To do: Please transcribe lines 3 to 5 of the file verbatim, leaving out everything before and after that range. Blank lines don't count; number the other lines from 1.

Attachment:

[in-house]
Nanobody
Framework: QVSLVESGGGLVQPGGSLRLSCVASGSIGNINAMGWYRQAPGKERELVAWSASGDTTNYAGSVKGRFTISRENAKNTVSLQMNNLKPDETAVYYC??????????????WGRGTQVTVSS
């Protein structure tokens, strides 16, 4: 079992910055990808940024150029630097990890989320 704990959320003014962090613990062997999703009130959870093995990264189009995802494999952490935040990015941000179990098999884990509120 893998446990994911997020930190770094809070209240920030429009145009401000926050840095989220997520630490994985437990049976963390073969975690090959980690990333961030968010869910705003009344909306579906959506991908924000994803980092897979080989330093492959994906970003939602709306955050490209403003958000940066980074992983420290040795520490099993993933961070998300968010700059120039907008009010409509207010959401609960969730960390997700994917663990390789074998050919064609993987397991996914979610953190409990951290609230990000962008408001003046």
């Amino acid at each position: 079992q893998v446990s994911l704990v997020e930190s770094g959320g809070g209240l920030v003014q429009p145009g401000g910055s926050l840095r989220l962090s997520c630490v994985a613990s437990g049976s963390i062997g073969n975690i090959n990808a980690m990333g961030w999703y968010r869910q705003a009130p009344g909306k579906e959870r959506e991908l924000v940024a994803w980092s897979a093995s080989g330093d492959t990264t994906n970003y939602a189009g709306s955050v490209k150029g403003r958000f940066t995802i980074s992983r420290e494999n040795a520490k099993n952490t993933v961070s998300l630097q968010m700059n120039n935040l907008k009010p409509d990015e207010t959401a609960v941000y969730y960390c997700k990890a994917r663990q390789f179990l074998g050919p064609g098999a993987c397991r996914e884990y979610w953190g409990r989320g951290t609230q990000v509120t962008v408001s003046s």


Framework: QVSLVESGGGLVQPGGSLRLSCVASGSIGNINAMGWYRQAPGKERELVAWSASGDTTNYAGSVKGRFTISRENAKNTVSLQMNNLKPDETAVYYC??????????????WGRGTQVTVSS
């Protein structure tokens, strides 16, 4: 079992910055990808940024150029630097990890989320 704990959320003014962090613990062997999703009130959870093995990264189009995802494999952490935040990015941000179990098999884990509120 893998446990994911997020930190770094809070209240920030429009145009401000926050840095989220997520630490994985437990049976963390073969975690090959980690990333961030968010869910705003009344909306579906959506991908924000994803980092897979080989330093492959994906970003939602709306955050490209403003958000940066980074992983420290040795520490099993993933961070998300968010700059120039907008009010409509207010959401609960969730960390997700994917663990390789074998050919064609993987397991996914979610953190409990951290609230990000962008408001003046």
């Amino acid at each position: 079992q893998v446990s994911l704990v997020e930190s770094g959320g809070g209240l920030v003014q429009p145009g401000g910055s926050l840095r989220l962090s997520c630490v994985a613990s437990g049976s963390i062997g073969n975690i090959n990808a980690m990333g961030w999703y968010r869910q705003a009130p009344g909306k579906e959870r959506e991908l924000v940024a994803w980092s897979a093995s080989g330093d492959t990264t994906n970003y939602a189009g709306s955050v490209k150029g403003r958000f940066t995802i980074s992983r420290e494999n040795a520490k099993n952490t993933v961070s998300l630097q968010m700059n120039n935040l907008k009010p409509d990015e207010t959401a609960v941000y969730y960390c997700k990890a994917r663990q390789f179990l074998g050919p064609g098999a993987c397991r996914e884990y979610w953190g409990r989320g951290t609230q990000v509120t962008v408001s003046s």